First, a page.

Himeji Castle Day Trip and How to Fully Maximise Your Day
1. How to Go to Himeji Castle?
2. Himeji Castle Entrance Fee
» Himeji Castle + Kokoen Garden Ticket Combo
» Kokoen Garden Admission Ticket
3. Himeji Castle Tips
4. Inside Himeji Castle
|1| Main Keep
|2| West Bailey and Cosmetic Tower
|3| Okiku’s Well
|4| Old Widow’s Stone (Ubagaishi)
5. How to Fully Maximise Your Day Around Himeji Castle
Of course. Himeji Castle (aka Himeji-jō) is one of the five castles to become a Japan National Treasure in 1931. Moreover, among the hundred Japanese castles, it is the first and only one to get a UNESCO World Heritage Site accolade in 1993 to represent Japanese wooden castle architecture. Its rich history dated back as far as 1333. Don’t you want the medieval castle to be part of your travel itinerary in Japan?
Himeji Castle original preservation survived the miraculous ordeal of the destruction despite two air raids which reduced Himeji to ashes during World War II in 1945. It is one of the most sought-after factors to witness its natural wooden beauty. While most visitors appreciated its originality, some remarked that there was nothing much to see inside Himeji Castle except for wood and stairs.
After all, one should feel thankful that a medieval castle was left behind intact, leaving behind a history so we can continue to visualise its past today. Moreover, in the olden days, things were kept relatively simple while serving its military function as a sophisticated defence system in the fortified Himeji Castle. It had also miraculously withstood the disastrous bombing of World War II and the Great Hanshin Earthquake in 1995.
The nearest train station to reach Himeji Castle is Himeji Station. Whether you are coming from the Himeji train station by foot, from Kansai Airport or other cities in Kansai Region – Osaka, Kyoto and Kobe, there are two comprehensive guides on the transport options, estimated fares and time to make sure you get to Himeji Castle as per your travel plan.
You can buy the Himeji Castle tickets at the ticket machines outside the entrance or at the ticket office. The entry fee for adults is ¥1,000 and ¥300 for students under 18 years old, whereas pre-school children can enter for free. The admission ticket is only valid on the same day of purchase. You can also book your entrance ticket in advance here with an English speaking tour guide.
After finishing the tour, I wanted to visit the Koko-en Garden later after doing some research for Himeji attractions near to the castle. I was not discovered that I could get a combined ticket for Himeji Castle + Kokoen Garden for ¥1,040 (children ¥360) earlier at the ticket office. I was not aware of in the first place.
I returned to the ticket window and asked if I could top-up ¥40 just to try my luck. The counter staff said told me that it was not possible after completing the Himeji Castle tour. On a separate note, the combo ticket can only be purchased from the ticket counter and not from the ticket machines.
I had to pay the full Koko-en Garden ticket price at ¥300 (children ¥150) and was quite reluctant to pay for the entry fee even though it was my folly. I hope my disappointing experience can make you plan better in advance if you want to go to Kokoen Garden on the same day.
The garden is a 12-min walk, 850 m from Himeji Castle. Especially in autumn, it must be stunning to visit looking at the gorgeous photos. The Koko-en Garden was built in 1992 to commemorate the 100th year history of Himeji City establishment in 1889 at Hyogo Prefecture.
Himeji Castle opening hours are daily from 9 am to 5 pm and till 6 pm during summer. The ticket counter and last entry will stop at 4 pm and 5 pm during the summer. It is closed on 29 and 30 December every year. It is advisable to go as early as possible to avoid the crowd build-up during the late morning and afternoon. In the morning, there are fewer people so that you can have a more relaxed atmosphere, especially in the castle enclosed area.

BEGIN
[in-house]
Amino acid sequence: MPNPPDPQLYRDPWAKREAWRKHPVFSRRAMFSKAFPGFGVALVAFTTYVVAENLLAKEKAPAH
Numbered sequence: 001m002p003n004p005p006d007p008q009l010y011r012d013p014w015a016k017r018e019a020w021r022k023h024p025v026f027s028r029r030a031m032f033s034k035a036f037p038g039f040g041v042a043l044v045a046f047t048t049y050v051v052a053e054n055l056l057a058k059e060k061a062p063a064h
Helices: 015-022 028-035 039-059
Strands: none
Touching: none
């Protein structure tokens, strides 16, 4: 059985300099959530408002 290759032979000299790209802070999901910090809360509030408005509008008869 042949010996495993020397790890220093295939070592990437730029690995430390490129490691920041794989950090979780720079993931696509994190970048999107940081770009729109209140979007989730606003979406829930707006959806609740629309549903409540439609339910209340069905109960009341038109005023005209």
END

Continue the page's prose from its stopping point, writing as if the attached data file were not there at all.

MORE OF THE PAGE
If the crowd gets too large and unmanageable, the number of visitors will be restricted to 15,000 visitors daily inside the Main Keep (main building). Then, a numbered ticket will be issued to them on a first-come, first-served basis. I had heard the announcement in Main Keep a few times in the afternoon. Surely, you do not want to be the one getting the number, waiting to get inside the Main Keep.
During peak hours, the queue at the ticket counter can be as long as one hour. I went before 10 am, and there was no queue at the ticket counter. Therefore, you want to avoid it to maximise your visit time inside the castle. When I left the place 4 hours later, there were already tour groups outside the Himeji Castle entrance. Do note that once you exit, re-entry to Himeji Castle is not allowed.
Here are 9 tips to know before travelling to Himeji Castle.
Eating and drinking are prohibited inside Himeji Castle, but you can bring your water bottle with a lid. Other beverages like alcohol, canned drinks or even own food like lunch, candy, gum and ice cream are not permitted to bring inside the place.
TRIVIA: There is an ice cream vending machine outside the entrance which an ice cream costs only ¥150. Talking about this, I regretted not trying out one as I could not see it anywhere in Osaka and other cities. Please try on my behalf and tell me whether it is nice or not ?
Smoking is prohibited everywhere in Himeji Castle compound. There is a designated smoking area about 100 m away from the castle entrance. Even the shopping streets in Himeji has “No Smoking” signs.
There are no rubbish bins inside the castle. So, you may like to bring a plastic bag to keep your waste, if any. Not only in Himeji Castle, in other cities such as Osaka, we hardly find any rubbish bins around and always bring our own when we travel.
Selfie stick, monopod and tripod are prohibited inside the complex. On a side note, you cannot take photos inside the Himeji Castle building (not outside the compound). What most visitors do is they take scenery from the high floor of Himeji Castle.
Strollers, bags with wheels and pushcarts for the elderly may not be used inside the castle. You have to store the bags with wheels inside a coin locker.More Detail
The coin lockers are limited in numbers so the odds of you getting one may be low, especially if you go to Himeji Castle at a later time. One advantage is that they are cheaper in the castle than the coin lockers at Himeji Station, comparing with the same size.
The Himeji Castle coin locker price is ¥100, ¥200 and ¥300 (small to large size). Here is a useful link regarding the locker location, size and quantity at Himeji Castle. The website is in Japanese, but there is a translation tool.